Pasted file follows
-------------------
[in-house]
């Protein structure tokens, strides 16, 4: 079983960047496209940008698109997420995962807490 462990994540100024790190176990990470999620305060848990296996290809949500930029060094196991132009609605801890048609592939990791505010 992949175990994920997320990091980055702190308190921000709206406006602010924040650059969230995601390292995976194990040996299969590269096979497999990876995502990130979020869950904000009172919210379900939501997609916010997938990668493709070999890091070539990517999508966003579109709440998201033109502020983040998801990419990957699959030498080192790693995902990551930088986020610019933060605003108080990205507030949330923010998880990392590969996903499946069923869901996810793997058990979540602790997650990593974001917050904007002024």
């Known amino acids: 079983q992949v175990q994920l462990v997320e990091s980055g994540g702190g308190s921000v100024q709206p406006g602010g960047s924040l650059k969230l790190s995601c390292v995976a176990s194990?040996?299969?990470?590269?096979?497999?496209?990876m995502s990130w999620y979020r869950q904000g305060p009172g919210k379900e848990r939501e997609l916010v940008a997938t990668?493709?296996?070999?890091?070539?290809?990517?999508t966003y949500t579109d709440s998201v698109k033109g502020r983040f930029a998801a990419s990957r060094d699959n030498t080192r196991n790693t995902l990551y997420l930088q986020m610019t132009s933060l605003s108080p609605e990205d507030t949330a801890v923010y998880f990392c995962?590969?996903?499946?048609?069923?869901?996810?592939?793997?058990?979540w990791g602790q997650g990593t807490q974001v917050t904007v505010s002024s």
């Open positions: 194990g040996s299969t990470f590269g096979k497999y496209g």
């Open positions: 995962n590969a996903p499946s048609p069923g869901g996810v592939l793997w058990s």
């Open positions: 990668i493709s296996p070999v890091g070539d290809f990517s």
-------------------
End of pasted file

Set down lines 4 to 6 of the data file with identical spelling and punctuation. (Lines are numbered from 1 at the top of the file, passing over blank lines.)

């Open positions: 194990g040996s299969t990470f590269g096979k497999y496209g």
């Open positions: 995962n590969a996903p499946s048609p069923g869901g996810v592939l793997w058990s």
């Open positions: 990668i493709s296996p070999v890091g070539d290809f990517s």